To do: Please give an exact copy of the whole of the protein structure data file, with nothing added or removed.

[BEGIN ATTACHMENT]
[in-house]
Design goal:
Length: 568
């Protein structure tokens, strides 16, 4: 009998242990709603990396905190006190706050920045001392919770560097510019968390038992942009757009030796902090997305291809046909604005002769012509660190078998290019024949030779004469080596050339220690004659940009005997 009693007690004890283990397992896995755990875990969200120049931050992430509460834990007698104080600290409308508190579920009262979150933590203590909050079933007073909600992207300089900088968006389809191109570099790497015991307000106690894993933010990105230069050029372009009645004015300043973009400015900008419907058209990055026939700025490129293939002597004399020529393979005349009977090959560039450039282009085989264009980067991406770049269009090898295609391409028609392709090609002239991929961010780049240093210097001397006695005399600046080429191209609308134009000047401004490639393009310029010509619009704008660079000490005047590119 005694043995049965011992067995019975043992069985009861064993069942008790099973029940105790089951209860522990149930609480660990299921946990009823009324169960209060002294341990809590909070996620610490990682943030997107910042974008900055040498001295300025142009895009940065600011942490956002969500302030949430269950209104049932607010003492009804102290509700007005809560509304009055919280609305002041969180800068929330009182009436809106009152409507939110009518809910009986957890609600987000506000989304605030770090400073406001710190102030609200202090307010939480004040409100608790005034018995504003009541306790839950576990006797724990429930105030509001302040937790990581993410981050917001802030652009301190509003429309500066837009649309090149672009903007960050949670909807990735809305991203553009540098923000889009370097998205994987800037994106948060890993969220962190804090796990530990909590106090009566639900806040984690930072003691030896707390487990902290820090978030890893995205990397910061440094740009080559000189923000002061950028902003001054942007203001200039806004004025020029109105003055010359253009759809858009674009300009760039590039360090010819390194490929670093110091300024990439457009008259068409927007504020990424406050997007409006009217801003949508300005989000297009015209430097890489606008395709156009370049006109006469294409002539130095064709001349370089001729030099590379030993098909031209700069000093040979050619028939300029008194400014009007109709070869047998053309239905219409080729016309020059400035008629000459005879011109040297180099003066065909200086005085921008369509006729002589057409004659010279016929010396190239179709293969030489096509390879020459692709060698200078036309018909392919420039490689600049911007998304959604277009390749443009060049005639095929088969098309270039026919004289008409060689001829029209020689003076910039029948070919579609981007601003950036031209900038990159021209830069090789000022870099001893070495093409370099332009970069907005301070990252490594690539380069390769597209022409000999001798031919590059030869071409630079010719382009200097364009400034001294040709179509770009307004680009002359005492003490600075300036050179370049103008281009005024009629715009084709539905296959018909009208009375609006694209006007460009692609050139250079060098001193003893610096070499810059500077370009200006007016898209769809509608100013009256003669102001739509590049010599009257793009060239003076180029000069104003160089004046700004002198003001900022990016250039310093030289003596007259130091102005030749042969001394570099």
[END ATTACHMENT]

[in-house]
Design goal:
Length: 568
């Protein structure tokens, strides 16, 4: 009998242990709603990396905190006190706050920045001392919770560097510019968390038992942009757009030796902090997305291809046909604005002769012509660190078998290019024949030779004469080596050339220690004659940009005997 009693007690004890283990397992896995755990875990969200120049931050992430509460834990007698104080600290409308508190579920009262979150933590203590909050079933007073909600992207300089900088968006389809191109570099790497015991307000106690894993933010990105230069050029372009009645004015300043973009400015900008419907058209990055026939700025490129293939002597004399020529393979005349009977090959560039450039282009085989264009980067991406770049269009090898295609391409028609392709090609002239991929961010780049240093210097001397006695005399600046080429191209609308134009000047401004490639393009310029010509619009704008660079000490005047590119 005694043995049965011992067995019975043992069985009861064993069942008790099973029940105790089951209860522990149930609480660990299921946990009823009324169960209060002294341990809590909070996620610490990682943030997107910042974008900055040498001295300025142009895009940065600011942490956002969500302030949430269950209104049932607010003492009804102290509700007005809560509304009055919280609305002041969180800068929330009182009436809106009152409507939110009518809910009986957890609600987000506000989304605030770090400073406001710190102030609200202090307010939480004040409100608790005034018995504003009541306790839950576990006797724990429930105030509001302040937790990581993410981050917001802030652009301190509003429309500066837009649309090149672009903007960050949670909807990735809305991203553009540098923000889009370097998205994987800037994106948060890993969220962190804090796990530990909590106090009566639900806040984690930072003691030896707390487990902290820090978030890893995205990397910061440094740009080559000189923000002061950028902003001054942007203001200039806004004025020029109105003055010359253009759809858009674009300009760039590039360090010819390194490929670093110091300024990439457009008259068409927007504020990424406050997007409006009217801003949508300005989000297009015209430097890489606008395709156009370049006109006469294409002539130095064709001349370089001729030099590379030993098909031209700069000093040979050619028939300029008194400014009007109709070869047998053309239905219409080729016309020059400035008629000459005879011109040297180099003066065909200086005085921008369509006729002589057409004659010279016929010396190239179709293969030489096509390879020459692709060698200078036309018909392919420039490689600049911007998304959604277009390749443009060049005639095929088969098309270039026919004289008409060689001829029209020689003076910039029948070919579609981007601003950036031209900038990159021209830069090789000022870099001893070495093409370099332009970069907005301070990252490594690539380069390769597209022409000999001798031919590059030869071409630079010719382009200097364009400034001294040709179509770009307004680009002359005492003490600075300036050179370049103008281009005024009629715009084709539905296959018909009208009375609006694209006007460009692609050139250079060098001193003893610096070499810059500077370009200006007016898209769809509608100013009256003669102001739509590049010599009257793009060239003076180029000069104003160089004046700004002198003001900022990016250039310093030289003596007259130091102005030749042969001394570099």